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UK Bar In Brief

Who’s Who Legal conducted its most in-depth research ever into the UK Bar in late 2017 and the results of this can be seen in the following chapters. In our discussions with barristers across some 26 practice areas, we were able to identify some wide-ranging trends affecting large parts of, or the entire, Bar. Brexit was once again an issue, although only some of the uncertainty discussed this time last year has been fully dispelled. However, many barristers reported thriving and growing practices, demonstrating that the Bar remains in robust health.

A global reputation

The UK Bar and judiciary has received its fair share of criticism in the British media over recent years, with a lack of gender and racial diversity – particularly among senior ranks – still an issue, even though a level of progress is being made on both fronts, according to Bar Standards Board figures. On an international level, however, the reputation of the UK Bar is burgeoning, and an increasing number of barristers are choosing to develop international practices to cater to the preferences and demands of clients. According to one silk, “Internationally clients are becoming more and more used to the Bar and are demanding QCs for advocacy,” particularly in more traditionally international practice areas such as construction. Sources spoke of the “increasing influence of the British Bar” as a reason for work becoming ever more international, with the UK legal market having “appeared on the radar internationally”. In part, the internationalisation of barristers’ practices goes hand in hand with the proliferation of arbitration as a favoured choice of dispute resolution, with English still the preferred language in arbitral proceedings and the lack of necessity for an individual to be admitted to practise in an array of countries an advantage. “The world is becoming smaller,” as one silk put it.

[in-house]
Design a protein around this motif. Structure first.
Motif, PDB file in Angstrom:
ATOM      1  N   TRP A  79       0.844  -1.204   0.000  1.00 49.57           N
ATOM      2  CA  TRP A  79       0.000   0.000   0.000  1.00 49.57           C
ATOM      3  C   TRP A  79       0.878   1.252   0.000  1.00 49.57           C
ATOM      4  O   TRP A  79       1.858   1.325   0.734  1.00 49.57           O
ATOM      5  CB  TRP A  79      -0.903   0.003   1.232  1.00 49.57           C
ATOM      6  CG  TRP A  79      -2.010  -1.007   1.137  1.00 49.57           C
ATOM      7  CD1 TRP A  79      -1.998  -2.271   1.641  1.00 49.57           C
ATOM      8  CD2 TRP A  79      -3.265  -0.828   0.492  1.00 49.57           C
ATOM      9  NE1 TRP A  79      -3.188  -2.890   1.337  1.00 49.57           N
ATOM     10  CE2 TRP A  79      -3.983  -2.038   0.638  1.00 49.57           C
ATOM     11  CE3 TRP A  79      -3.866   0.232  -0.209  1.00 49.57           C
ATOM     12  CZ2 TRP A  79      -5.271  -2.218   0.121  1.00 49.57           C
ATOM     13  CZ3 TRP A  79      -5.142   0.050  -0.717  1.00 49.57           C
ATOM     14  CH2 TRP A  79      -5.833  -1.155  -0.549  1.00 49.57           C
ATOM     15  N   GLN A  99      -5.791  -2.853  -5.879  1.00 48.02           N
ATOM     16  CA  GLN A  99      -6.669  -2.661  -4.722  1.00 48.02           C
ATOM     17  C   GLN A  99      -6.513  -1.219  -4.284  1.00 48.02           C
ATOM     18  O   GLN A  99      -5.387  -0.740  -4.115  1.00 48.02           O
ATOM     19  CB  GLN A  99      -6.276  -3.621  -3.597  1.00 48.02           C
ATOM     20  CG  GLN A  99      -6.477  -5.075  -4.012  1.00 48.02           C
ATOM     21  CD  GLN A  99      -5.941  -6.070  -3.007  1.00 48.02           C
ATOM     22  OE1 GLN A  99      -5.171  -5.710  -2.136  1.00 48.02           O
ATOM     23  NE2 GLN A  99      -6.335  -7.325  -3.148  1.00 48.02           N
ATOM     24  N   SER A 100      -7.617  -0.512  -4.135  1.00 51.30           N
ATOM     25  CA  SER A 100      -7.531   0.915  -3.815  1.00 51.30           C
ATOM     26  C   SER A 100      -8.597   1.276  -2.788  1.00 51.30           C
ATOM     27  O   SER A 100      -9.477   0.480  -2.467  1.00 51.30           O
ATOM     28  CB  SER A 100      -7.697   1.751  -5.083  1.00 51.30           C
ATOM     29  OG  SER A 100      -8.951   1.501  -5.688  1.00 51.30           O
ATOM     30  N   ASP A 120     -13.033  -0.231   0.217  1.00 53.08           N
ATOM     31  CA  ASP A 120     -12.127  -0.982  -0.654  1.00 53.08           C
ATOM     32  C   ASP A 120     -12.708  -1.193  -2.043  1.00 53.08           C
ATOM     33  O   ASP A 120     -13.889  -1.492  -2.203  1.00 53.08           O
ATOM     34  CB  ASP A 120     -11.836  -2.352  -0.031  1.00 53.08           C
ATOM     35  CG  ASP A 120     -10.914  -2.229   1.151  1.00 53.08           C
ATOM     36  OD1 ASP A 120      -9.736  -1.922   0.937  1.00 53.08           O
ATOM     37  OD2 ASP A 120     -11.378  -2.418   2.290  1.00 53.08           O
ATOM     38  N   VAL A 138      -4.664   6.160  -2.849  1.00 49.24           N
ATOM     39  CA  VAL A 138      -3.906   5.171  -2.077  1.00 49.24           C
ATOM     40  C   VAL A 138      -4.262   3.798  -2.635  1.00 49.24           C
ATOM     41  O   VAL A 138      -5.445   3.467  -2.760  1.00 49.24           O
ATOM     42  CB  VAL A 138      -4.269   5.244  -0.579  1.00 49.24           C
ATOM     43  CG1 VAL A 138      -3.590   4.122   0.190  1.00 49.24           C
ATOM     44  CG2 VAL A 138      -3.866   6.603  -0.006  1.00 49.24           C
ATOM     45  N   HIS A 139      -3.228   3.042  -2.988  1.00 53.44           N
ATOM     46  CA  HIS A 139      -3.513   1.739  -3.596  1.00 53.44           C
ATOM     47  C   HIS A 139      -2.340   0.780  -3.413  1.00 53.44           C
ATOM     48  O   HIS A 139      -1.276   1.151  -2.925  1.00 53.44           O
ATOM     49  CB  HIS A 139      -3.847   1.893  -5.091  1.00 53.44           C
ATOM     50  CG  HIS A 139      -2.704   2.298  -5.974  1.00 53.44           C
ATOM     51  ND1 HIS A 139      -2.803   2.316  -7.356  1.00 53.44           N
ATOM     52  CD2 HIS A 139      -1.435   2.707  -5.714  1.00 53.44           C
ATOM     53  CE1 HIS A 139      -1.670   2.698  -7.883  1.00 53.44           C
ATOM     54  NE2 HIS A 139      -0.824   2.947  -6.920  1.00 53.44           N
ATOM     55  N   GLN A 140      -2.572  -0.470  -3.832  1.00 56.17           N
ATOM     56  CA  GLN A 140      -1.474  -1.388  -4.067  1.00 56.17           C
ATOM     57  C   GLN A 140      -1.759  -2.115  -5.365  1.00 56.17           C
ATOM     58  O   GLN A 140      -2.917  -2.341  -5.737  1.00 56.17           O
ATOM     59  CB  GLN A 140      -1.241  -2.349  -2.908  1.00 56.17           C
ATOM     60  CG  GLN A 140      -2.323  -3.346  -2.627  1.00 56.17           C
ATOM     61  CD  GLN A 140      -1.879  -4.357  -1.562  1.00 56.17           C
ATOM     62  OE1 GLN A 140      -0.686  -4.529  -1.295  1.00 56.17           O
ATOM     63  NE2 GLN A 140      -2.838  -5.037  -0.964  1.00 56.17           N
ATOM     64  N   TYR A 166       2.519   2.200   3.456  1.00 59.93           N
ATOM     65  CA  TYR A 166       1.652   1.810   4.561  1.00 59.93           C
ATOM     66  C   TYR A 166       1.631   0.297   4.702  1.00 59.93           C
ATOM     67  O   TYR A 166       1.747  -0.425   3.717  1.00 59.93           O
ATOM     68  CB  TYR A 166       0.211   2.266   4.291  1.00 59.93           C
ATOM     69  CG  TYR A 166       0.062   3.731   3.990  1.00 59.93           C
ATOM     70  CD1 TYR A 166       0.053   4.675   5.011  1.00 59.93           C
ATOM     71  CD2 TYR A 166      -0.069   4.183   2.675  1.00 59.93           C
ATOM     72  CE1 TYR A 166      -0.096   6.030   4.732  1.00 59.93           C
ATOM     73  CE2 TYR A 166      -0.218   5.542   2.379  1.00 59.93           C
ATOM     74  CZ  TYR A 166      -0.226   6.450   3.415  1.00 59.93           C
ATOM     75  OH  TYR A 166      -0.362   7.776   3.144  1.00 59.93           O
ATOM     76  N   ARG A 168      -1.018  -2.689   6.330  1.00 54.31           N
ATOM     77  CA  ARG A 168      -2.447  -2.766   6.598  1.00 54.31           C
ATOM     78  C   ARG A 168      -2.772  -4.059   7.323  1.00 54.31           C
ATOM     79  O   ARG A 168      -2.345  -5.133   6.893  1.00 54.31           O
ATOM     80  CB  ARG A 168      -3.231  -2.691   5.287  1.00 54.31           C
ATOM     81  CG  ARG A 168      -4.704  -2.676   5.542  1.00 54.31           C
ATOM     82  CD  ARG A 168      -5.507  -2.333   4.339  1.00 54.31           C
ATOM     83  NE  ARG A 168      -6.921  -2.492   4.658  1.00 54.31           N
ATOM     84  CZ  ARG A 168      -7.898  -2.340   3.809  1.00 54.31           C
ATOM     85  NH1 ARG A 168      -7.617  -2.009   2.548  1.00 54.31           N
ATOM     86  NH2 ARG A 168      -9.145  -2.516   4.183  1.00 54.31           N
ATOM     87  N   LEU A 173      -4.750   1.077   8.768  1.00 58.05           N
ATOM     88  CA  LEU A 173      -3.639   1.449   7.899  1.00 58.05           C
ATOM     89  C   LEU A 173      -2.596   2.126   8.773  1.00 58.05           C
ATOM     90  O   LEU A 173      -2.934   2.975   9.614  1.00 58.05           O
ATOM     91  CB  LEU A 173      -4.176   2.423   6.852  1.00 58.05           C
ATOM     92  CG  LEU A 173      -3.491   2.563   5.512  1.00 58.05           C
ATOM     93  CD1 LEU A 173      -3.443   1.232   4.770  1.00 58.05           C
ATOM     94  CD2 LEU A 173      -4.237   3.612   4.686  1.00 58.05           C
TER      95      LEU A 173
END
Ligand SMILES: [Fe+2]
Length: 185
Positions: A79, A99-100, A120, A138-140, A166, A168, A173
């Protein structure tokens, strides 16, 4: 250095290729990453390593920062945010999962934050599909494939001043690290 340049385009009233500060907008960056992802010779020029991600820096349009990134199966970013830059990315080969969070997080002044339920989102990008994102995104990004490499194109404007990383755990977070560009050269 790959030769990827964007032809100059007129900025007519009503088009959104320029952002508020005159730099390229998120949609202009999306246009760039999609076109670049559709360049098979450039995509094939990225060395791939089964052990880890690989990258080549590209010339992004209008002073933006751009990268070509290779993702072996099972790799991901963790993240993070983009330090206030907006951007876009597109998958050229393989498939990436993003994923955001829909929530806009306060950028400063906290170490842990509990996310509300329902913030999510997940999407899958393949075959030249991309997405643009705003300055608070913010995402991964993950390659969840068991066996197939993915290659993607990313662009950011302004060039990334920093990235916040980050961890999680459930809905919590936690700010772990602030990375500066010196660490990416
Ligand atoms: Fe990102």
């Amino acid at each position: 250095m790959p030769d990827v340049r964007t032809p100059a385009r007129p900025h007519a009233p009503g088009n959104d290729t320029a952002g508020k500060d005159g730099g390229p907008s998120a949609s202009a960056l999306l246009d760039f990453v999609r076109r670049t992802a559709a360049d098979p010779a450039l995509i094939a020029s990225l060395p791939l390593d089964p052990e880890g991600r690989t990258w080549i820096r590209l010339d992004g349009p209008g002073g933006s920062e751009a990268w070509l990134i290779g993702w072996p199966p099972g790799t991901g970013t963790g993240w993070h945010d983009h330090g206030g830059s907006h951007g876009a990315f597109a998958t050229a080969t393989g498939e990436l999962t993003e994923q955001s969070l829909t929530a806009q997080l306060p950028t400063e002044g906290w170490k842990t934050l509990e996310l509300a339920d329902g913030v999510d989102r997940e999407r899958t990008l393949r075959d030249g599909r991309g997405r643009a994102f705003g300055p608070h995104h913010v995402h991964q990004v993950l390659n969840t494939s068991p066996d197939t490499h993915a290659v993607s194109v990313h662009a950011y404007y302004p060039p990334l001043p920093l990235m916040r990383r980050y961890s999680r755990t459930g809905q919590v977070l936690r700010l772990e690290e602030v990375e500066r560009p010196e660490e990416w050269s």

However, such a trend comes with challenges, not least for more junior barristers. As one interviewee put it, “The major problem that young practitioners face is getting known in the international market. It used to be common for a junior to be instructed with a silk and to make contacts, but now international law firms do much of the junior work themselves.”

A competitive domestic market

Competition among younger barristers for work is not limited to international work. Although in areas such as IP, interviewees report that there is “plenty of work to go around”, there is nevertheless “an awful lot of competition”. This view is echoed across a wide range of the practice areas that we cover, for instance in fraud, where it is “a significant challenge for a junior to get work on your own”. Even among senior barristers, sources told us that “the pool at silk level gets smaller” in certain practice areas.

This competition doesn’t just come from other barristers. Although the number of solicitors with higher rights of audience has been fairly steady at around 6,700 for the past two years, a good deal of work is being handled by solicitors in areas where arbitration is a significant method of dispute resolution, while at the same time there has been a notable trend of “solicitors of 5-6 years PQE transferring to the Bar… which is another source of competition that juniors have to contend with”. Even litigants in person in areas such as defamation were noted as a potential issue. Just getting to the Bar is an arduous task, particularly in commercial and business law, which forms the vast bulk of our research. Gaining tenancy following pupillage remains incredibly competitive, with fewer than two-thirds of those completing a second six pupillage being offered tenancy within six months. However, despite the various pressures faced by barristers of all levels, the Bar remains an expanding profession, with over 1,100 more barristers in practice in 2016 than in 2010.